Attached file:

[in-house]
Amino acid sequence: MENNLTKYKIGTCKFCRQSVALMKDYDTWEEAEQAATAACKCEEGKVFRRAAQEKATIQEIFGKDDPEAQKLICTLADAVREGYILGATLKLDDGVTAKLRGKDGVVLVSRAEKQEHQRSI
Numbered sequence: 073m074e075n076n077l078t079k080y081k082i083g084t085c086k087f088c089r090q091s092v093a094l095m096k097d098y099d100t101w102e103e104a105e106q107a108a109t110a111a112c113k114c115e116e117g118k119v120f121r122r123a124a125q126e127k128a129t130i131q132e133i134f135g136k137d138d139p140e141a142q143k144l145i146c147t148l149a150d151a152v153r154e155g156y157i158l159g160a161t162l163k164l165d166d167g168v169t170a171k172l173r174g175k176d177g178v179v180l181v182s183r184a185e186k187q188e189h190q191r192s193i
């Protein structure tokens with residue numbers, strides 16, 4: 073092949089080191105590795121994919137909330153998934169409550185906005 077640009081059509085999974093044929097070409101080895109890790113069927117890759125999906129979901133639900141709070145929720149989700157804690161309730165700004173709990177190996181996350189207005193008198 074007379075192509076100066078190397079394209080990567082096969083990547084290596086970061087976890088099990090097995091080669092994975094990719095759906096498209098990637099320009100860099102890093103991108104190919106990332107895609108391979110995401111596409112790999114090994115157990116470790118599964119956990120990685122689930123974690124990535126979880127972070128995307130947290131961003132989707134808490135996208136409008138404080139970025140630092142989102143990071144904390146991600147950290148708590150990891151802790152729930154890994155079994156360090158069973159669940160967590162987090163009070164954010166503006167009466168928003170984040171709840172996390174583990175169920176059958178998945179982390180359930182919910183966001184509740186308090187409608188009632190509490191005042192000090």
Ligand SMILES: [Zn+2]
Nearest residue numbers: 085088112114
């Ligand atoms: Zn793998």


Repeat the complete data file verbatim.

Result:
[in-house]
Amino acid sequence: MENNLTKYKIGTCKFCRQSVALMKDYDTWEEAEQAATAACKCEEGKVFRRAAQEKATIQEIFGKDDPEAQKLICTLADAVREGYILGATLKLDDGVTAKLRGKDGVVLVSRAEKQEHQRSI
Numbered sequence: 073m074e075n076n077l078t079k080y081k082i083g084t085c086k087f088c089r090q091s092v093a094l095m096k097d098y099d100t101w102e103e104a105e106q107a108a109t110a111a112c113k114c115e116e117g118k119v120f121r122r123a124a125q126e127k128a129t130i131q132e133i134f135g136k137d138d139p140e141a142q143k144l145i146c147t148l149a150d151a152v153r154e155g156y157i158l159g160a161t162l163k164l165d166d167g168v169t170a171k172l173r174g175k176d177g178v179v180l181v182s183r184a185e186k187q188e189h190q191r192s193i
């Protein structure tokens with residue numbers, strides 16, 4: 073092949089080191105590795121994919137909330153998934169409550185906005 077640009081059509085999974093044929097070409101080895109890790113069927117890759125999906129979901133639900141709070145929720149989700157804690161309730165700004173709990177190996181996350189207005193008198 074007379075192509076100066078190397079394209080990567082096969083990547084290596086970061087976890088099990090097995091080669092994975094990719095759906096498209098990637099320009100860099102890093103991108104190919106990332107895609108391979110995401111596409112790999114090994115157990116470790118599964119956990120990685122689930123974690124990535126979880127972070128995307130947290131961003132989707134808490135996208136409008138404080139970025140630092142989102143990071144904390146991600147950290148708590150990891151802790152729930154890994155079994156360090158069973159669940160967590162987090163009070164954010166503006167009466168928003170984040171709840172996390174583990175169920176059958178998945179982390180359930182919910183966001184509740186308090187409608188009632190509490191005042192000090």
Ligand SMILES: [Zn+2]
Nearest residue numbers: 085088112114
């Ligand atoms: Zn793998």